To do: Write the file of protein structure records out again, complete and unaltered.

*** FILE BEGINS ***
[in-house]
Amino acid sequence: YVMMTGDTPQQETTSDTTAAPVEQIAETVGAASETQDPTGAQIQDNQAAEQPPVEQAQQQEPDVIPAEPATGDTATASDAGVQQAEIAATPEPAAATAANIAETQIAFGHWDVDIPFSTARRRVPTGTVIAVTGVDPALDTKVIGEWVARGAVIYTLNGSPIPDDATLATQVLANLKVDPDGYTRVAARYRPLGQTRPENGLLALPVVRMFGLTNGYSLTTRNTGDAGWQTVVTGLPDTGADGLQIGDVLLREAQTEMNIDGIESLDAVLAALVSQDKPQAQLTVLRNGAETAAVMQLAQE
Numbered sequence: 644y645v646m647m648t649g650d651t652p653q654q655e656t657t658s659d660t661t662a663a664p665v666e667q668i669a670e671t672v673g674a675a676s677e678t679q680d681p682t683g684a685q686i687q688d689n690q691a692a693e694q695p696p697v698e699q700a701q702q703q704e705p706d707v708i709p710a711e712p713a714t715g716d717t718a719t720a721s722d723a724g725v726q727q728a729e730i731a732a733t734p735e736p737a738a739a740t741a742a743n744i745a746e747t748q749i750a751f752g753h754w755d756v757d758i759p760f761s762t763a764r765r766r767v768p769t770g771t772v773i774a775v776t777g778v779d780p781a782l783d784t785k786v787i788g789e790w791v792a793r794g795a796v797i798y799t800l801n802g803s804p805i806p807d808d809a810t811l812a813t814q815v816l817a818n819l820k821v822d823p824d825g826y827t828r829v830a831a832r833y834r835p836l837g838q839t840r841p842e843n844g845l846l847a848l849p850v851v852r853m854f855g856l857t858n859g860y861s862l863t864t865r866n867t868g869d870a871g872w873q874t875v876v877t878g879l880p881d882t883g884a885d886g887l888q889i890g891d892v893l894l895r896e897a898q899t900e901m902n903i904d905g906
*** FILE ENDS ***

[in-house]
Amino acid sequence: YVMMTGDTPQQETTSDTTAAPVEQIAETVGAASETQDPTGAQIQDNQAAEQPPVEQAQQQEPDVIPAEPATGDTATASDAGVQQAEIAATPEPAAATAANIAETQIAFGHWDVDIPFSTARRRVPTGTVIAVTGVDPALDTKVIGEWVARGAVIYTLNGSPIPDDATLATQVLANLKVDPDGYTRVAARYRPLGQTRPENGLLALPVVRMFGLTNGYSLTTRNTGDAGWQTVVTGLPDTGADGLQIGDVLLREAQTEMNIDGIESLDAVLAALVSQDKPQAQLTVLRNGAETAAVMQLAQE
Numbered sequence: 644y645v646m647m648t649g650d651t652p653q654q655e656t657t658s659d660t661t662a663a664p665v666e667q668i669a670e671t672v673g674a675a676s677e678t679q680d681p682t683g684a685q686i687q688d689n690q691a692a693e694q695p696p697v698e699q700a701q702q703q704e705p706d707v708i709p710a711e712p713a714t715g716d717t718a719t720a721s722d723a724g725v726q727q728a729e730i731a732a733t734p735e736p737a738a739a740t741a742a743n744i745a746e747t748q749i750a751f752g753h754w755d756v757d758i759p760f761s762t763a764r765r766r767v768p769t770g771t772v773i774a775v776t777g778v779d780p781a782l783d784t785k786v787i788g789e790w791v792a793r794g795a796v797i798y799t800l801n802g803s804p805i806p807d808d809a810t811l812a813t814q815v816l817a818n819l820k821v822d823p824d825g826y827t828r829v830a831a832r833y834r835p836l837g838q839t840r841p842e843n844g845l846l847a848l849p850v851v852r853m854f855g856l857t858n859g860y861s862l863t864t865r866n867t868g869d870a871g872w873q874t875v876v877t878g879l880p881d882t883g884a885d886g887l888q889i890g891d892v893l894l895r896e897a898q899t900e901m902n903i904d905g906